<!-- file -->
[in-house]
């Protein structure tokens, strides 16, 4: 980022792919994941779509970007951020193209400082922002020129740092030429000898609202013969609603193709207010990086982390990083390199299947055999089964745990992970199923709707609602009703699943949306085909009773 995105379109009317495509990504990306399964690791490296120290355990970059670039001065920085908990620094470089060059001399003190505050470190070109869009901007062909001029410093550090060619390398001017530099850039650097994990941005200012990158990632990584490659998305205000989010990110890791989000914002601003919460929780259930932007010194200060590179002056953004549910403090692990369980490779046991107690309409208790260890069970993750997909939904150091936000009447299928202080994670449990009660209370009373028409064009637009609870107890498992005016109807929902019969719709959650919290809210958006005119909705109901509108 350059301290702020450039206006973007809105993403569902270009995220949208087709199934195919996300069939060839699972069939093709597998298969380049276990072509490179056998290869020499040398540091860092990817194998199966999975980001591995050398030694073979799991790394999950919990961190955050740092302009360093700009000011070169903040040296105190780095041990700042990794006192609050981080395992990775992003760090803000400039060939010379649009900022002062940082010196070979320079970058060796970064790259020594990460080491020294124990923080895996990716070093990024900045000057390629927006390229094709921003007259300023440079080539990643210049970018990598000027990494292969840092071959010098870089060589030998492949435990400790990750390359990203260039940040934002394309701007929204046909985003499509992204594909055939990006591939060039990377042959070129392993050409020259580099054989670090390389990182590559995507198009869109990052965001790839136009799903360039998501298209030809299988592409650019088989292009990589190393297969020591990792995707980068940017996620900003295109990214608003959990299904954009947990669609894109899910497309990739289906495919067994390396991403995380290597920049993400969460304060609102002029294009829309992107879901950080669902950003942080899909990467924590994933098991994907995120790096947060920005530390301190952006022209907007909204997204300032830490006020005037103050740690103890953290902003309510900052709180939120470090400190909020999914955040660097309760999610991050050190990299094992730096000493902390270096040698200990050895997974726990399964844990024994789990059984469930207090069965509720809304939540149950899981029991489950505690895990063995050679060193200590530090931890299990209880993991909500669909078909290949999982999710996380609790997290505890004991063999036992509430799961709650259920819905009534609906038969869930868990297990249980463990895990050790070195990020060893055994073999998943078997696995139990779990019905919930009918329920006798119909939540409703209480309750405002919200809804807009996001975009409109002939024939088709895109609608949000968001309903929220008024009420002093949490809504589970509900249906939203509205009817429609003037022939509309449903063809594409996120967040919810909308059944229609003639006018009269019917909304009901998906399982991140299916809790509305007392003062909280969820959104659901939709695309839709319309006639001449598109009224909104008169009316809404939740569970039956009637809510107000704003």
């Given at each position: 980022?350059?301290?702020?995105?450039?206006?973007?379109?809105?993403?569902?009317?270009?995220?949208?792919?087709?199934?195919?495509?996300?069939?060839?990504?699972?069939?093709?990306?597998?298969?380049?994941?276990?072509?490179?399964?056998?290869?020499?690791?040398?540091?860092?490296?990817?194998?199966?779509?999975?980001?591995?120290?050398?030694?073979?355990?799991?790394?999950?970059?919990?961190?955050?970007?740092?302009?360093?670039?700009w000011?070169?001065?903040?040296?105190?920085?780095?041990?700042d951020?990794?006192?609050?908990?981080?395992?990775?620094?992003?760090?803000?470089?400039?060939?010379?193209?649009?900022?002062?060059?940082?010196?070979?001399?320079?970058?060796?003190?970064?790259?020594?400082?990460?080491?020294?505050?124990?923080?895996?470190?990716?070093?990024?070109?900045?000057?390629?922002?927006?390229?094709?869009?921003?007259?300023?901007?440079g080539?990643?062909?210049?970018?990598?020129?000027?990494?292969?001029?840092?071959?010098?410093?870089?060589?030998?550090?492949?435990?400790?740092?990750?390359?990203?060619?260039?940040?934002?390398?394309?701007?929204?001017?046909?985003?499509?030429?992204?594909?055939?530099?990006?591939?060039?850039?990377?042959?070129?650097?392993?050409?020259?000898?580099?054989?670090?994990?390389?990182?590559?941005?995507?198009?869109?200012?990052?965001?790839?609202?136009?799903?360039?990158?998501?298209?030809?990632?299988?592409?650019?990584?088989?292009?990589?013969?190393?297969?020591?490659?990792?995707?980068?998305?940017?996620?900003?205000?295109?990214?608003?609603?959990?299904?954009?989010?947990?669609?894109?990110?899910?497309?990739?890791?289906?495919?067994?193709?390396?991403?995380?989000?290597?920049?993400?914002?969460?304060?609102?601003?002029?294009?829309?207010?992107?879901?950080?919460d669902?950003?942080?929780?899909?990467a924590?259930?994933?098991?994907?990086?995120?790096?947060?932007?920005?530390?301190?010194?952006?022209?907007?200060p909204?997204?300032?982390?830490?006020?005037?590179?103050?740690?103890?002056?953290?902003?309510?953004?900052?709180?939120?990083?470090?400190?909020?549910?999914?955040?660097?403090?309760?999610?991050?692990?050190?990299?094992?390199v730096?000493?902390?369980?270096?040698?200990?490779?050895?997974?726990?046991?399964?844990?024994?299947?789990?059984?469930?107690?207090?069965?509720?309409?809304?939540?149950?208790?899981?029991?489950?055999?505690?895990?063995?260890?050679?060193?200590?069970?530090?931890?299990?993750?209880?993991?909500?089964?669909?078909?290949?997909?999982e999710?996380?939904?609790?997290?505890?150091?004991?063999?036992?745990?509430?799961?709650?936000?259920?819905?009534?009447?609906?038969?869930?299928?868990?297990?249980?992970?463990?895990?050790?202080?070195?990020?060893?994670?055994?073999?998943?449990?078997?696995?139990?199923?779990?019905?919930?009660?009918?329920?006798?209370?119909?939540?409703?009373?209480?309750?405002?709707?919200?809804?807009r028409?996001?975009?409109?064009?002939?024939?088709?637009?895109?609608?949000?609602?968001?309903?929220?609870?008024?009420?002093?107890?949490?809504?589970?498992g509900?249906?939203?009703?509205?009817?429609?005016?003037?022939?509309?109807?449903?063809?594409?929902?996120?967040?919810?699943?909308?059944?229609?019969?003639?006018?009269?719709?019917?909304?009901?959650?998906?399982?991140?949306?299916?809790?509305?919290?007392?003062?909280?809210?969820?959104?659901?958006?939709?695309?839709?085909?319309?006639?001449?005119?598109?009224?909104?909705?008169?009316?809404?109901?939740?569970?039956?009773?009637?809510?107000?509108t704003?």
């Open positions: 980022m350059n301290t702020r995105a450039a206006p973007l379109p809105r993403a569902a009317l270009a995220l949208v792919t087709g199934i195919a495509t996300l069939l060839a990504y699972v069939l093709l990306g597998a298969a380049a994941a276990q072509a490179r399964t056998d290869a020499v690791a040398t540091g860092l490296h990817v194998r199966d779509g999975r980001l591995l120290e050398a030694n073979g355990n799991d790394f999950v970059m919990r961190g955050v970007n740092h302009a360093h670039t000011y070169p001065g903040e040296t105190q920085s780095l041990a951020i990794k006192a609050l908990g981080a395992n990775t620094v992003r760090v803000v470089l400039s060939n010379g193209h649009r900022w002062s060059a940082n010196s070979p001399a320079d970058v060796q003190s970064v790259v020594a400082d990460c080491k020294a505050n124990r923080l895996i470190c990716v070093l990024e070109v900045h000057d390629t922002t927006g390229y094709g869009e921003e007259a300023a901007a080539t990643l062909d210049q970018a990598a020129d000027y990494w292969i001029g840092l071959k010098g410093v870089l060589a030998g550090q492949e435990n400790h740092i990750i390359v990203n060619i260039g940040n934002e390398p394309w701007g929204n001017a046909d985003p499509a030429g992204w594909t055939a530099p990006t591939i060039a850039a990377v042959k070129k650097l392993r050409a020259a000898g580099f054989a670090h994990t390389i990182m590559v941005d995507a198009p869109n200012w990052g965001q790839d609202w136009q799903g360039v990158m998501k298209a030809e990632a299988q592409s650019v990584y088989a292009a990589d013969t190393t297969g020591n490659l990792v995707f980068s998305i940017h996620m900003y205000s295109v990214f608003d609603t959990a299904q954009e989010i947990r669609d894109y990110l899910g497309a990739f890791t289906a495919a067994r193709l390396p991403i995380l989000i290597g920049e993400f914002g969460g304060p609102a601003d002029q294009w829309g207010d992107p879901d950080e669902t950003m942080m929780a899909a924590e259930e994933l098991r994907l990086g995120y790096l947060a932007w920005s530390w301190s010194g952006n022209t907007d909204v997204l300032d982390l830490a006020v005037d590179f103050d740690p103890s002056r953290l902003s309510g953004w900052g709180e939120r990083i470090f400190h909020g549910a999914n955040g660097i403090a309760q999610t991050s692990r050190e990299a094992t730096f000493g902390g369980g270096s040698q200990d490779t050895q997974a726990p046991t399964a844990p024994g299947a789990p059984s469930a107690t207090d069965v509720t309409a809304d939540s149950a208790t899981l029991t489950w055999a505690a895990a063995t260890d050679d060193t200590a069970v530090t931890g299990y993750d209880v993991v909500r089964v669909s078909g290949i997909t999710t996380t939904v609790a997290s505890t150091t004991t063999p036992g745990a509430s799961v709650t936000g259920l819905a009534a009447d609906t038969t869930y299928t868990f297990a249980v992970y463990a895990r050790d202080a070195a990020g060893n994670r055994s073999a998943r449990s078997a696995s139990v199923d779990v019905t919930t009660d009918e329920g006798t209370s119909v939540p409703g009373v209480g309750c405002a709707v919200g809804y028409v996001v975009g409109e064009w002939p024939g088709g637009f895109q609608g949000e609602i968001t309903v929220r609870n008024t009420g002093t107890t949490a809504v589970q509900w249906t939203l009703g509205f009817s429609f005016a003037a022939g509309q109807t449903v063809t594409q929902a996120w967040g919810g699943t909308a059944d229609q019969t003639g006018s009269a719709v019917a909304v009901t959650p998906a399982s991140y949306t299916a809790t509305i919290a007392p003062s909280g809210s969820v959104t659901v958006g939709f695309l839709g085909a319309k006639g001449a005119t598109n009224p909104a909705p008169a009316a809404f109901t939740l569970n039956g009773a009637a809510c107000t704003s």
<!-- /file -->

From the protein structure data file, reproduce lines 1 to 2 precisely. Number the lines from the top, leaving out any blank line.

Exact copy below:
[in-house]
């Protein structure tokens, strides 16, 4: 980022792919994941779509970007951020193209400082922002020129740092030429000898609202013969609603193709207010990086982390990083390199299947055999089964745990992970199923709707609602009703699943949306085909009773 995105379109009317495509990504990306399964690791490296120290355990970059670039001065920085908990620094470089060059001399003190505050470190070109869009901007062909001029410093550090060619390398001017530099850039650097994990941005200012990158990632990584490659998305205000989010990110890791989000914002601003919460929780259930932007010194200060590179002056953004549910403090692990369980490779046991107690309409208790260890069970993750997909939904150091936000009447299928202080994670449990009660209370009373028409064009637009609870107890498992005016109807929902019969719709959650919290809210958006005119909705109901509108 350059301290702020450039206006973007809105993403569902270009995220949208087709199934195919996300069939060839699972069939093709597998298969380049276990072509490179056998290869020499040398540091860092990817194998199966999975980001591995050398030694073979799991790394999950919990961190955050740092302009360093700009000011070169903040040296105190780095041990700042990794006192609050981080395992990775992003760090803000400039060939010379649009900022002062940082010196070979320079970058060796970064790259020594990460080491020294124990923080895996990716070093990024900045000057390629927006390229094709921003007259300023440079080539990643210049970018990598000027990494292969840092071959010098870089060589030998492949435990400790990750390359990203260039940040934002394309701007929204046909985003499509992204594909055939990006591939060039990377042959070129392993050409020259580099054989670090390389990182590559995507198009869109990052965001790839136009799903360039998501298209030809299988592409650019088989292009990589190393297969020591990792995707980068940017996620900003295109990214608003959990299904954009947990669609894109899910497309990739289906495919067994390396991403995380290597920049993400969460304060609102002029294009829309992107879901950080669902950003942080899909990467924590994933098991994907995120790096947060920005530390301190952006022209907007909204997204300032830490006020005037103050740690103890953290902003309510900052709180939120470090400190909020999914955040660097309760999610991050050190990299094992730096000493902390270096040698200990050895997974726990399964844990024994789990059984469930207090069965509720809304939540149950899981029991489950505690895990063995050679060193200590530090931890299990209880993991909500669909078909290949999982999710996380609790997290505890004991063999036992509430799961709650259920819905009534609906038969869930868990297990249980463990895990050790070195990020060893055994073999998943078997696995139990779990019905919930009918329920006798119909939540409703209480309750405002919200809804807009996001975009409109002939024939088709895109609608949000968001309903929220008024009420002093949490809504589970509900249906939203509205009817429609003037022939509309449903063809594409996120967040919810909308059944229609003639006018009269019917909304009901998906399982991140299916809790509305007392003062909280969820959104659901939709695309839709319309006639001449598109009224909104008169009316809404939740569970039956009637809510107000704003």